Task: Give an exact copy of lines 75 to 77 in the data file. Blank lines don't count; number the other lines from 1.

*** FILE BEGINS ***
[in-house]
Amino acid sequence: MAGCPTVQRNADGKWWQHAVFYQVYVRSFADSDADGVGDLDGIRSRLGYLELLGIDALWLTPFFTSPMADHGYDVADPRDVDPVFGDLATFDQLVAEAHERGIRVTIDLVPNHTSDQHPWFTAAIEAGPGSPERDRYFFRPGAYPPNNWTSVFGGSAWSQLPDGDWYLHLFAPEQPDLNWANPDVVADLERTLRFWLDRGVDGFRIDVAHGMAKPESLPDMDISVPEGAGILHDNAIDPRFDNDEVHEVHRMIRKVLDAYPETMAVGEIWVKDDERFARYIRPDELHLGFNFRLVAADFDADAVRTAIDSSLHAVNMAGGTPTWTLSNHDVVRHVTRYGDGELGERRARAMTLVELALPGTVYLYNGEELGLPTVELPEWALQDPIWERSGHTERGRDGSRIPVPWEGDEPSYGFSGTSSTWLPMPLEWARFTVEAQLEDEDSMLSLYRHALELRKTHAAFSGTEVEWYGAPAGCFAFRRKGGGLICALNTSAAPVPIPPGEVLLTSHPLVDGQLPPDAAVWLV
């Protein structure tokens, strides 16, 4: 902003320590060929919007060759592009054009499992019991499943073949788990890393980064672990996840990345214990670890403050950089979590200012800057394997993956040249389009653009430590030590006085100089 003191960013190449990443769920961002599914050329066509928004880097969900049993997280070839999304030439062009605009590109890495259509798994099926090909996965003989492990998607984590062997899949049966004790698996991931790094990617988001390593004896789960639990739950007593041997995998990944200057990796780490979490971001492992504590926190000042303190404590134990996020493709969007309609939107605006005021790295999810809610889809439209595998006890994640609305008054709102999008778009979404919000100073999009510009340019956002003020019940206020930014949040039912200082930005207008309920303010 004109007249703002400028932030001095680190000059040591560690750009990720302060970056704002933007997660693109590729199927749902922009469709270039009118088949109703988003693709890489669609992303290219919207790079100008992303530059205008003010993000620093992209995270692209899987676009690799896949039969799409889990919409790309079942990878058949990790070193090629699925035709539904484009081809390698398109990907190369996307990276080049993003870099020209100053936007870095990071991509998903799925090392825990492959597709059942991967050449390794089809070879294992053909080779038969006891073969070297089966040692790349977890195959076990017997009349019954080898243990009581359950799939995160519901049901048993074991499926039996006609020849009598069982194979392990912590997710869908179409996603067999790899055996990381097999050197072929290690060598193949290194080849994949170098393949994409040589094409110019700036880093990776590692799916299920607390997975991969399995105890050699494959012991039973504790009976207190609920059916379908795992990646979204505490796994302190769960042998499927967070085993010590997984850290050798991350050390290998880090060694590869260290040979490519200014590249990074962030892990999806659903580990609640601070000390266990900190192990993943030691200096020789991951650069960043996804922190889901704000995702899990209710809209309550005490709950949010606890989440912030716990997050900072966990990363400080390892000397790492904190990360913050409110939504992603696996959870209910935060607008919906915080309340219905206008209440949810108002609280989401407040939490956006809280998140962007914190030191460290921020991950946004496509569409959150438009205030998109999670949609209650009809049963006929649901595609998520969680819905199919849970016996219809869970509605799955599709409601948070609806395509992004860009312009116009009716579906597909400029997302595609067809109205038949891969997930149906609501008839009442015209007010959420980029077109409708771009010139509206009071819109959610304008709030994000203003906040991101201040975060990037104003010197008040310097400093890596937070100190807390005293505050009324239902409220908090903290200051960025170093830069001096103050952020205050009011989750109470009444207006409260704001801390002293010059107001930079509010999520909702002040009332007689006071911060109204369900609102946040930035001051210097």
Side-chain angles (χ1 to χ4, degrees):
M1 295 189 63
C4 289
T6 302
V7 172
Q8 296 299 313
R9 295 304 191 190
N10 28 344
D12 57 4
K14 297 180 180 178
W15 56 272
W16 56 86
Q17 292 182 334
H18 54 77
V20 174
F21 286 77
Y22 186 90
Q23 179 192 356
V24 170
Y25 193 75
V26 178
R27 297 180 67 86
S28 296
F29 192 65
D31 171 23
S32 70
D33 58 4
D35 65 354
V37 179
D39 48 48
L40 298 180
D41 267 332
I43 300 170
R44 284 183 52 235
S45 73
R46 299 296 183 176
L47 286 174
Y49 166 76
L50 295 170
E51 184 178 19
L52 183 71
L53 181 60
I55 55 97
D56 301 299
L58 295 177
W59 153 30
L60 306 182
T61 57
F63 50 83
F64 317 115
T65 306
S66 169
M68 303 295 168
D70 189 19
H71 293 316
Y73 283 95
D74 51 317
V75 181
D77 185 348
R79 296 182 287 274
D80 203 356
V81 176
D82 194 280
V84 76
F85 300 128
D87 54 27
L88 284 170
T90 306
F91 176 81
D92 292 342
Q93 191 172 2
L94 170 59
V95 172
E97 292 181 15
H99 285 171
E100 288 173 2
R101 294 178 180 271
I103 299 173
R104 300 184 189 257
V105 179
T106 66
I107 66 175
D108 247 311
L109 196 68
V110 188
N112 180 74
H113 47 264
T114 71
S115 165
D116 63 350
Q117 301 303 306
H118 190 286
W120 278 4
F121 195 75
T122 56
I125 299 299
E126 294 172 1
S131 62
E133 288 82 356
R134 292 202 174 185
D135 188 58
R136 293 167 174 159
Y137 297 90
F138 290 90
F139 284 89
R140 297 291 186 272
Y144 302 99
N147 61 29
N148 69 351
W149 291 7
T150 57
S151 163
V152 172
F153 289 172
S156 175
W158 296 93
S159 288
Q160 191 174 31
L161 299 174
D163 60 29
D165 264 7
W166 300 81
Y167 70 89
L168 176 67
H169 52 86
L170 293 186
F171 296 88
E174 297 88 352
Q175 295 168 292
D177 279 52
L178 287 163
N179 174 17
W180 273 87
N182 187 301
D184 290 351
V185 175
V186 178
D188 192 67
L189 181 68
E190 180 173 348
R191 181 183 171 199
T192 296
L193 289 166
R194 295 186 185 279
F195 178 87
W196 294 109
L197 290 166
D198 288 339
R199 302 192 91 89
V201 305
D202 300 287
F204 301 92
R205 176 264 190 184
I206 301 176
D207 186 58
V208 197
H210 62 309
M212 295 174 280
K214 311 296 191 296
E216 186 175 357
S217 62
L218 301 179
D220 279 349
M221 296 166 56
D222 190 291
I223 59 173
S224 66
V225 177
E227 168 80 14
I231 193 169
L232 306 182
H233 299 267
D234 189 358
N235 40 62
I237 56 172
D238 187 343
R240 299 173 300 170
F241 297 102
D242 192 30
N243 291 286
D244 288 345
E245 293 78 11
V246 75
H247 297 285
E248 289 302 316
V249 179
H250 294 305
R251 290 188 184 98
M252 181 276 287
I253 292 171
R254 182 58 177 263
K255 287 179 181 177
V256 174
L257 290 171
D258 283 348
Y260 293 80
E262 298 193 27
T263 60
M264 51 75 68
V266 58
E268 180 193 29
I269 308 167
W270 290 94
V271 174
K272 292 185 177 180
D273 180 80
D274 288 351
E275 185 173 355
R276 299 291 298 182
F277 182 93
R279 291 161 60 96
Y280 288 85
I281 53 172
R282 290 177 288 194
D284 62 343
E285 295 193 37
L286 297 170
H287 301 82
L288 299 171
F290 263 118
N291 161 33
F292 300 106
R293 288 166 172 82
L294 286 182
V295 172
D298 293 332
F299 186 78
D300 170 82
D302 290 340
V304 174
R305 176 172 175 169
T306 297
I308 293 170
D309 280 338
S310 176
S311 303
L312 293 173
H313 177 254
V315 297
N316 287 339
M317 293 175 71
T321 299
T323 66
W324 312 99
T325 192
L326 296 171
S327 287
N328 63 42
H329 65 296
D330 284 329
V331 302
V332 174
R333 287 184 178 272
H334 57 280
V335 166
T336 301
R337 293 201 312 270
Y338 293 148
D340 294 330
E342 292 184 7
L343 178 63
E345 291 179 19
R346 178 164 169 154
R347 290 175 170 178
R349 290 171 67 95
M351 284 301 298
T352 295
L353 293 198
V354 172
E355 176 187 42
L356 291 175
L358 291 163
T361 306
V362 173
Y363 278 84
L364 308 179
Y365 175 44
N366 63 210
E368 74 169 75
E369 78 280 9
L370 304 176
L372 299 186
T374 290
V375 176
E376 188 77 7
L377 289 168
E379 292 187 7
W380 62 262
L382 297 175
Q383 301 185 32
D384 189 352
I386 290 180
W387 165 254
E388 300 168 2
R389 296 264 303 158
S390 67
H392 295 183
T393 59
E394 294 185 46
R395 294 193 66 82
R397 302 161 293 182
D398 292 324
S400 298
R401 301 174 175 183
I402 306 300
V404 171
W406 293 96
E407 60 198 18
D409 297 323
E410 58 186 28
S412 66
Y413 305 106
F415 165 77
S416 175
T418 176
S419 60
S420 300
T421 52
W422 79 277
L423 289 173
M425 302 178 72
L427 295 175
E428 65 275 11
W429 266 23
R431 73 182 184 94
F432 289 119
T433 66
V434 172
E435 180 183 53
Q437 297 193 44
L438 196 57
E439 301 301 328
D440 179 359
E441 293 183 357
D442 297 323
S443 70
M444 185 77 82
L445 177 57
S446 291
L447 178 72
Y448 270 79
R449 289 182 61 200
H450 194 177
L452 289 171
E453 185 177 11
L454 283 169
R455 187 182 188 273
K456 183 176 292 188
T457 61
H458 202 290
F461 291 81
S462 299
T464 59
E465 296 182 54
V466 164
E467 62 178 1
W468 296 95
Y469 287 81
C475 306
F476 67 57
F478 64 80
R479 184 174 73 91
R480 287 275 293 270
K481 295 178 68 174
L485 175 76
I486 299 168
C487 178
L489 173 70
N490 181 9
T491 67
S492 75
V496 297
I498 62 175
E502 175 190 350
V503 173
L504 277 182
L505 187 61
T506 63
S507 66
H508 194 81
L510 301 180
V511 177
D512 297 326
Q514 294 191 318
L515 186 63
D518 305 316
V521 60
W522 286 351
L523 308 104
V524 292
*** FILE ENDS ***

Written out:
L94 170 59
V95 172
E97 292 181 15